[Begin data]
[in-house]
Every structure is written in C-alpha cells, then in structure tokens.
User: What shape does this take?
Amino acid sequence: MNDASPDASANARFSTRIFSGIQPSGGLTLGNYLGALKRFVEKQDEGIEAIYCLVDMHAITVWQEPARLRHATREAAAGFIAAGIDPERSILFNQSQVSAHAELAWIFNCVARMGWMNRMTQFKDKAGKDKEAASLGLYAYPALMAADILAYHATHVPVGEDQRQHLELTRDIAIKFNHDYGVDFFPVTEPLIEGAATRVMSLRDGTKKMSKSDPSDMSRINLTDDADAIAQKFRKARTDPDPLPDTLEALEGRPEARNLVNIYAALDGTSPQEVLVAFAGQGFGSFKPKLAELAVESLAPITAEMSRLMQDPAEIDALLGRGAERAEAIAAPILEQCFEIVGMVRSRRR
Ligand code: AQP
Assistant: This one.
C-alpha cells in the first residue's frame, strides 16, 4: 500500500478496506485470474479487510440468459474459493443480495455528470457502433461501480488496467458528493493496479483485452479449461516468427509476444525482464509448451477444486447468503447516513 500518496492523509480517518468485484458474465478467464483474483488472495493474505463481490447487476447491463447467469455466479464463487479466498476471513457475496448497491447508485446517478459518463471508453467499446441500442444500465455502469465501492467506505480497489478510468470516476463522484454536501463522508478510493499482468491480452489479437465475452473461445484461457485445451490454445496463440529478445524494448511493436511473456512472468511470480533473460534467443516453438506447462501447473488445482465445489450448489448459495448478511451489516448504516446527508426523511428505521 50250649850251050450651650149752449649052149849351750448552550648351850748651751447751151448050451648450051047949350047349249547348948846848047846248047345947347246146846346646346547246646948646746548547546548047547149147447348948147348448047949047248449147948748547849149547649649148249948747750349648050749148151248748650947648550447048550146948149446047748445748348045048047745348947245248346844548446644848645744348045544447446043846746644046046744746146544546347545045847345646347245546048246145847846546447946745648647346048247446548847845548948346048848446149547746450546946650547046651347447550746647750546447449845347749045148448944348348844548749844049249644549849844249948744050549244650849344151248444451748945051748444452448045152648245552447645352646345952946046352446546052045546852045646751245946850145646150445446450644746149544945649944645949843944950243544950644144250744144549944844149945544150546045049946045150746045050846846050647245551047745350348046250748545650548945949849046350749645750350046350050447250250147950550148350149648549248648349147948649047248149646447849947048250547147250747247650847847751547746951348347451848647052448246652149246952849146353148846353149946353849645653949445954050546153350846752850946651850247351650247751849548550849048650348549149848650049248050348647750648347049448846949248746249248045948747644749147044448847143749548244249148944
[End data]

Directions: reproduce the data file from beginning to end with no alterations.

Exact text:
[in-house]
Every structure is written in C-alpha cells, then in structure tokens.
User: What shape does this take?
Amino acid sequence: MNDASPDASANARFSTRIFSGIQPSGGLTLGNYLGALKRFVEKQDEGIEAIYCLVDMHAITVWQEPARLRHATREAAAGFIAAGIDPERSILFNQSQVSAHAELAWIFNCVARMGWMNRMTQFKDKAGKDKEAASLGLYAYPALMAADILAYHATHVPVGEDQRQHLELTRDIAIKFNHDYGVDFFPVTEPLIEGAATRVMSLRDGTKKMSKSDPSDMSRINLTDDADAIAQKFRKARTDPDPLPDTLEALEGRPEARNLVNIYAALDGTSPQEVLVAFAGQGFGSFKPKLAELAVESLAPITAEMSRLMQDPAEIDALLGRGAERAEAIAAPILEQCFEIVGMVRSRRR
Ligand code: AQP
Assistant: This one.
C-alpha cells in the first residue's frame, strides 16, 4: 500500500478496506485470474479487510440468459474459493443480495455528470457502433461501480488496467458528493493496479483485452479449461516468427509476444525482464509448451477444486447468503447516513 500518496492523509480517518468485484458474465478467464483474483488472495493474505463481490447487476447491463447467469455466479464463487479466498476471513457475496448497491447508485446517478459518463471508453467499446441500442444500465455502469465501492467506505480497489478510468470516476463522484454536501463522508478510493499482468491480452489479437465475452473461445484461457485445451490454445496463440529478445524494448511493436511473456512472468511470480533473460534467443516453438506447462501447473488445482465445489450448489448459495448478511451489516448504516446527508426523511428505521 50250649850251050450651650149752449649052149849351750448552550648351850748651751447751151448050451648450051047949350047349249547348948846848047846248047345947347246146846346646346547246646948646746548547546548047547149147447348948147348448047949047248449147948748547849149547649649148249948747750349648050749148151248748650947648550447048550146948149446047748445748348045048047745348947245248346844548446644848645744348045544447446043846746644046046744746146544546347545045847345646347245546048246145847846546447946745648647346048247446548847845548948346048848446149547746450546946650547046651347447550746647750546447449845347749045148448944348348844548749844049249644549849844249948744050549244650849344151248444451748945051748444452448045152648245552447645352646345952946046352446546052045546852045646751245946850145646150445446450644746149544945649944645949843944950243544950644144250744144549944844149945544150546045049946045150746045050846846050647245551047745350348046250748545650548945949849046350749645750350046350050447250250147950550148350149648549248648349147948649047248149646447849947048250547147250747247650847847751547746951348347451848647052448246652149246952849146353148846353149946353849645653949445954050546153350846752850946651850247351650247751849548550849048650348549149848650049248050348647750648347049448846949248746249248045948747644749147044448847143749548244249148944